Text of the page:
Showing that all solutions to the ODE $x''=4x^3$ cease to exist after a finite time

For fixed C, once x is large enough y is bounded from below by $x^2$, so the time it takes for $x$ to go from $n$ to $n+1$ is at most $n^{-2}$. This is summable over $n$, therefore there is a time $T$ such that $x\to\infty$ as $t\to T^-$. The same if they are negative.

Now you have to show that the solution eventually leaves a finite region so you can apply this observation which requires x large enough. If they go in the negative direction a similar argument works.

If $C\ne 0$ you can show that $\|(x',y')\|$ is bounded from below on the entire curve so it has to go away.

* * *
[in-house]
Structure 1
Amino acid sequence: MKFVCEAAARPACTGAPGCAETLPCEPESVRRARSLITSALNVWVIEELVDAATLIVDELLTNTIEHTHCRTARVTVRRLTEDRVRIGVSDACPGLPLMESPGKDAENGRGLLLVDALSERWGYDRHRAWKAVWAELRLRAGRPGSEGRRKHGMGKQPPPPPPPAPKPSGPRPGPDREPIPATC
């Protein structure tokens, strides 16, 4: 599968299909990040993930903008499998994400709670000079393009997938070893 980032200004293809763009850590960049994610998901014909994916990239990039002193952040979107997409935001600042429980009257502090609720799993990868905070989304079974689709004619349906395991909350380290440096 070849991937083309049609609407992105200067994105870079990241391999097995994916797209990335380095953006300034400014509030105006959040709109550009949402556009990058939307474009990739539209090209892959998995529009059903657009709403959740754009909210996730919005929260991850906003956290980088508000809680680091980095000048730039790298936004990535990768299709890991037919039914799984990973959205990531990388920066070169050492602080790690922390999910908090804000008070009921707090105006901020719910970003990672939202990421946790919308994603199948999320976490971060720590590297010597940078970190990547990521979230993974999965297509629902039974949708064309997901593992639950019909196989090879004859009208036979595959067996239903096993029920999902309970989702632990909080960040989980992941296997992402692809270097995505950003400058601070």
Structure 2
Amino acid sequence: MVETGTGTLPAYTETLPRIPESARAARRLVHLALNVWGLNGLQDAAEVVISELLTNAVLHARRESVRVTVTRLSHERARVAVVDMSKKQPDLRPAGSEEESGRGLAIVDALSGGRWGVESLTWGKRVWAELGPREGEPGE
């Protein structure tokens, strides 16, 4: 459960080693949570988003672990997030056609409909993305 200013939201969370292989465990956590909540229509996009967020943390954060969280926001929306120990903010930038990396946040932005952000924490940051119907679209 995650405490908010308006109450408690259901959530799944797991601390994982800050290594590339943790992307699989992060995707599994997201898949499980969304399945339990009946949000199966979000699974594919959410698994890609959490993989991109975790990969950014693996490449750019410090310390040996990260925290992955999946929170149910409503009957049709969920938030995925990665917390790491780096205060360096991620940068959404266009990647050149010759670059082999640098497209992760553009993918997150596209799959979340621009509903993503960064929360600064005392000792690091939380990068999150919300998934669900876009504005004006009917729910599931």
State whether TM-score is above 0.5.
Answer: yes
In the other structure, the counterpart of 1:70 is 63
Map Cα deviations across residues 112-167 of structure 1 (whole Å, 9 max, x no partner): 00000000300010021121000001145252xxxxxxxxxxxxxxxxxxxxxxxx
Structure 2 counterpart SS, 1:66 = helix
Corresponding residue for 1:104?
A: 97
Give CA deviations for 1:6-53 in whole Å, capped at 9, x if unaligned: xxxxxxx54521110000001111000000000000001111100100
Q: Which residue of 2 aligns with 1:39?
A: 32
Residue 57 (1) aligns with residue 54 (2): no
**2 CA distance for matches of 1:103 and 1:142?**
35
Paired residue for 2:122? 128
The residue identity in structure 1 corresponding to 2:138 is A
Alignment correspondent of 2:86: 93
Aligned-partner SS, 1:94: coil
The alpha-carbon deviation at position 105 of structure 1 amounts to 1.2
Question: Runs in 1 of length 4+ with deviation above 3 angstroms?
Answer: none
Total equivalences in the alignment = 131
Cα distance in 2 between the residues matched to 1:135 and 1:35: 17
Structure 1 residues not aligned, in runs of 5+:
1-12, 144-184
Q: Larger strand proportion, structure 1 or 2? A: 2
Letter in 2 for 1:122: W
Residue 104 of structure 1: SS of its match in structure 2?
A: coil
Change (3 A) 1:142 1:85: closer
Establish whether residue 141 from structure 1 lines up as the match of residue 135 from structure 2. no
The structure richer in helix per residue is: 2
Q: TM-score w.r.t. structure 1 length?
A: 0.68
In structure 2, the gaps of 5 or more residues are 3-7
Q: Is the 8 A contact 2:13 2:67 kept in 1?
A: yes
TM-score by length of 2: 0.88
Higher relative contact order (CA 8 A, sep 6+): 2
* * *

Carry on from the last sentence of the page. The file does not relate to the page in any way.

Also, notice that not all solutions cease to exist after a finite time. Taking $C=0$, you have $y=2x^2$ for $x<0$ and $y=-2x^2$ for $x>0$ which approximate the fixed point at $t\to\infty$. More explicitly, $x=\pm \sqrt 2 (t-t_0)^{-1} $ are solutions that are defined for all positive times.

Since $$y=\frac{dx}{dt}\\ t=\int_{x(0)}^\infty \frac{dx}y\\ =\int_{x(0)}^\infty \frac{dx}{\sqrt{2C+2x^4}}$$ and you need to show this is finite.